Milk and motherhood go hand-in-hand. In order to produce milk, dairy cows have to give birth, which means they have to get pregnant every year. You might think that would be a simple birds-and-bees thing–put a cow and a bull in a paddock and give them some privacy. But in fact, it’s one of the most sophisticated and difficult parts of modern herd management (and that’s saying something).
Collect the semen. In modern agriculture, bulls and cows rarely meet. Farmers order semen from genetics firms that “mate” top-quality bulls with artificial cows to collect semen.
Freeze and ship. The bull’s semen is divided and packed into plastic straws, each containing about 20 million sperm, along with nutrients and glycerol to help it survive freezing. Straws are shipped out to farms in liquid nitrogen.
Timing is everything. In the old days, farmers watched their cows closely for signs of estrus, indicating that she was ovulating and receptive to breeding. But because of their fast metabolism rates, today’s high-producing dairy cows may be in estrus for as little as three hours. Many farms now use synchronization treatments, which cause cows to ovulate on schedule.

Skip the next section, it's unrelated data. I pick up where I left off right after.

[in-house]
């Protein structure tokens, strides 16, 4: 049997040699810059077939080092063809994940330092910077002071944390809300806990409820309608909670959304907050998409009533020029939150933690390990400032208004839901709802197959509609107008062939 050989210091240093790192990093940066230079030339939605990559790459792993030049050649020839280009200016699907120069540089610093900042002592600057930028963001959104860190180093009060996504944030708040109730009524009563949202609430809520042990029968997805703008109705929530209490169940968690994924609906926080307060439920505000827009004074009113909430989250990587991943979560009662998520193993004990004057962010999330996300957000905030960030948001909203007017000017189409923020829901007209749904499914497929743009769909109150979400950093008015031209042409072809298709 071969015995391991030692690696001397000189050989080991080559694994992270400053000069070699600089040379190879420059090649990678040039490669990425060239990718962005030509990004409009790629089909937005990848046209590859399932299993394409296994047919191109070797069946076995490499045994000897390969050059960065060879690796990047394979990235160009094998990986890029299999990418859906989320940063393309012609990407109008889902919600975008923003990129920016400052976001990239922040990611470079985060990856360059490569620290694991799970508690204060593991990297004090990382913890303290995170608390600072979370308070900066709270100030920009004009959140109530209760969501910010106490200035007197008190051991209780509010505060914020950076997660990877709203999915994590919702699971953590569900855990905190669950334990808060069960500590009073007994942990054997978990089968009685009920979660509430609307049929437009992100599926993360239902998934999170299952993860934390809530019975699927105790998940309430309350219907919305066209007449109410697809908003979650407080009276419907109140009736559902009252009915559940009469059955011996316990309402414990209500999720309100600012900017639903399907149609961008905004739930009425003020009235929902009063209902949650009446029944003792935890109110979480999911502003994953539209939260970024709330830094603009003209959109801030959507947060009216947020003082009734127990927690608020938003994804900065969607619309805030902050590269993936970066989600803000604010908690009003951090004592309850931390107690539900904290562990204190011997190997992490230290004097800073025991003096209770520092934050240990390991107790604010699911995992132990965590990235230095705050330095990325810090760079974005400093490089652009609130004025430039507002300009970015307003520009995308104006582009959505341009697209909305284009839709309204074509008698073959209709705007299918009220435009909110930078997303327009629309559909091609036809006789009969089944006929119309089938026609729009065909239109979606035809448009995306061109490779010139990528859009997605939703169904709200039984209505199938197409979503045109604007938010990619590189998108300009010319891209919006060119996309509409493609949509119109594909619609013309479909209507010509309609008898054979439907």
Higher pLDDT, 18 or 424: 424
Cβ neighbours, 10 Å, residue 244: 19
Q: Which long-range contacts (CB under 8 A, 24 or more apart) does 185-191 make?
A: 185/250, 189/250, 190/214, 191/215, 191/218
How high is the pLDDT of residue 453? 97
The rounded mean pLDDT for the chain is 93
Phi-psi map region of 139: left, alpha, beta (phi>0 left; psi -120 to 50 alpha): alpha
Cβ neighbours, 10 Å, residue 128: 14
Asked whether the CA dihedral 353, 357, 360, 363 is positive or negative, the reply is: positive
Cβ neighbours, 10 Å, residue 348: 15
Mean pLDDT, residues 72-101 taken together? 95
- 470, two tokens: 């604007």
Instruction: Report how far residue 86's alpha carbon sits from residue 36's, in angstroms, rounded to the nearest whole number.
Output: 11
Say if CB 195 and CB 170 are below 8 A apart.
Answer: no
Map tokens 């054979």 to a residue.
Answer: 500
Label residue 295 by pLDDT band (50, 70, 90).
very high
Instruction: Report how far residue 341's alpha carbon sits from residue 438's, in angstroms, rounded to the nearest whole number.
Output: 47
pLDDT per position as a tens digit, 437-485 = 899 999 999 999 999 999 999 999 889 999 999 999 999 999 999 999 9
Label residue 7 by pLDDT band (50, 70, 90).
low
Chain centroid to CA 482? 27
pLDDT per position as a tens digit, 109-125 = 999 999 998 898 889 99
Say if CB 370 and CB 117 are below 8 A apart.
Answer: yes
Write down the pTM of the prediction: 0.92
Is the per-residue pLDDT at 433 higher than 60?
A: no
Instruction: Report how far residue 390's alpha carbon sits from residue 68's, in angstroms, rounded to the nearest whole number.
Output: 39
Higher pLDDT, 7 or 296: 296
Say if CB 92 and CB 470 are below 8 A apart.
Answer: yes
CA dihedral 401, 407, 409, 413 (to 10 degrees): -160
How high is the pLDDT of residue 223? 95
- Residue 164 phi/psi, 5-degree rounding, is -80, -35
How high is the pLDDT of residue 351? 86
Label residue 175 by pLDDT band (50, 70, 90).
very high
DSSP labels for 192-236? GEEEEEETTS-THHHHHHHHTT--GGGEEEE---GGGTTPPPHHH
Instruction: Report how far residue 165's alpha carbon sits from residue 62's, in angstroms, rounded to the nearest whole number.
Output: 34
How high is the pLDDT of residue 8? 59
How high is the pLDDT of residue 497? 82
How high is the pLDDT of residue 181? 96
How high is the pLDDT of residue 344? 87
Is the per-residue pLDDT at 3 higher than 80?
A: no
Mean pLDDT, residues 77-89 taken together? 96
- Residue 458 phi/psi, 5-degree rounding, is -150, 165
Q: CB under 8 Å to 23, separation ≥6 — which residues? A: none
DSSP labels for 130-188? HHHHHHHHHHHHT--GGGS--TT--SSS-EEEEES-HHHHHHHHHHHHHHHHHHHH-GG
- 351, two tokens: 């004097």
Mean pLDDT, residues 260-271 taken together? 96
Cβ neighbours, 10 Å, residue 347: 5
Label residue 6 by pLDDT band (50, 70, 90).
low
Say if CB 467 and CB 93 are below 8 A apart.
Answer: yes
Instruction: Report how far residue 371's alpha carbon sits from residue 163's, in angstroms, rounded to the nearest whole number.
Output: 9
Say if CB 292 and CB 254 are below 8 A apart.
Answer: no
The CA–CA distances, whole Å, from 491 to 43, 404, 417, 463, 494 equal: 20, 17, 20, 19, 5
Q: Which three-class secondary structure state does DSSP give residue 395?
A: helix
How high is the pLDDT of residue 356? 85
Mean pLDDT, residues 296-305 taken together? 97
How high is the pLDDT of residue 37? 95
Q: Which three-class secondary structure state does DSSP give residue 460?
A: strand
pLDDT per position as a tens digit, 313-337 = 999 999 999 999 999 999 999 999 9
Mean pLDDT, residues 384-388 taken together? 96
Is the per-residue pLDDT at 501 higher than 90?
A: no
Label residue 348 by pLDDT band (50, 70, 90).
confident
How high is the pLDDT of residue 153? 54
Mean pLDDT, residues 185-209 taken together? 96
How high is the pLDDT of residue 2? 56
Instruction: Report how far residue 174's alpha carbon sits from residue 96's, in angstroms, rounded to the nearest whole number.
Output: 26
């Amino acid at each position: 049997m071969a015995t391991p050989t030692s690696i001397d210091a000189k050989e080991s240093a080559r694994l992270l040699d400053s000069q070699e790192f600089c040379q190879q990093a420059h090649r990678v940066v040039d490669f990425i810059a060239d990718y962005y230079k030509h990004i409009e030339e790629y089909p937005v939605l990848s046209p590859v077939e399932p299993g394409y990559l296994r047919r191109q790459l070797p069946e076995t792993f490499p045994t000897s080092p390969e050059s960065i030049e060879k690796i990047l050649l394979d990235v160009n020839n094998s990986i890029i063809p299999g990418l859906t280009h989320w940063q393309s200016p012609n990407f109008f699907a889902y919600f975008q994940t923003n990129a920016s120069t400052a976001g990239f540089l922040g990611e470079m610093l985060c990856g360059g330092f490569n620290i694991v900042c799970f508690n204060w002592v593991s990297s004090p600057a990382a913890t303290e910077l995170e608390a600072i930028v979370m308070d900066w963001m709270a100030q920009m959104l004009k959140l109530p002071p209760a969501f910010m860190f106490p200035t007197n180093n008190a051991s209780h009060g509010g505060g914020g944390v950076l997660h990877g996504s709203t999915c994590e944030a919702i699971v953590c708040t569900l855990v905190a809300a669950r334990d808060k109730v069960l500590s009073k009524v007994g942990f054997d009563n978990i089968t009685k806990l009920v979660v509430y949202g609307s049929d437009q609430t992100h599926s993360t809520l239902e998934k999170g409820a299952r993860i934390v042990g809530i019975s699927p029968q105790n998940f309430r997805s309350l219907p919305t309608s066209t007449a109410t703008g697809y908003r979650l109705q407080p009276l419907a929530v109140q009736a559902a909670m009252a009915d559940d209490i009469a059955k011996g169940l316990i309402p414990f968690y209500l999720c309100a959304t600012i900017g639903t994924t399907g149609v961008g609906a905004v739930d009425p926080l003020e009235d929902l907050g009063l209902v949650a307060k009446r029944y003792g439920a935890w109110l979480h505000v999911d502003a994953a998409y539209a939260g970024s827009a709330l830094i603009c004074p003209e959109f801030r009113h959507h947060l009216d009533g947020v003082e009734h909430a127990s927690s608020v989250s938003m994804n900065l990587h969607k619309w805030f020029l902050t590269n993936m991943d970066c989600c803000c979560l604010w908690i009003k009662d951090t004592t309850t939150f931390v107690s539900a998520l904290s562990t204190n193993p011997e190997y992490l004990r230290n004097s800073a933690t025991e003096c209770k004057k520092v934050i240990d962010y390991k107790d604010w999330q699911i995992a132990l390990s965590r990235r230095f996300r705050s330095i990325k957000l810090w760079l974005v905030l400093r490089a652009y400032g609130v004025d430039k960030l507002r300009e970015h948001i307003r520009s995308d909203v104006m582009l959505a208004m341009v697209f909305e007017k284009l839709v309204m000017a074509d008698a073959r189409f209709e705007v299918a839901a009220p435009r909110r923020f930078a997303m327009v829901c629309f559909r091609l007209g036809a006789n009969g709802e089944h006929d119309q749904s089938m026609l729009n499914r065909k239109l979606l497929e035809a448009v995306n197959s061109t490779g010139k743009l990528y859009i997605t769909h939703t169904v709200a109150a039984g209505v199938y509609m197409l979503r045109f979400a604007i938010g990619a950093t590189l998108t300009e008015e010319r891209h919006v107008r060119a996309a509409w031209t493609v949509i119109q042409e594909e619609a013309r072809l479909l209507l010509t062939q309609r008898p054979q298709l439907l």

The dirty part. The actual insemination relies on some manual dexterity. After thawing semen in a warm water bath, a farmer (or a specialized technician) inserts a syringe-like inseminator through the cow’s cervix and vagina to reach her uterus. At the same time, he or she inserts a gloved hand through the cow’s rectum to manipulate the uterus through the rectal wall.
Cross your fingers. Old timers would be astounded by today’s reproductive technology, but they’d also be amazed at the challenges. As milk production has increased, the fertility of dairy cows has decreased, dropping a few percentage points each year. The reasons aren’t clear, but finding solutions is a central focus of modern reproductive physiologists.This article was posted in Agriculture, Fall 2008, Know How and tagged Animal science, Cows, Dairy, Dairy science.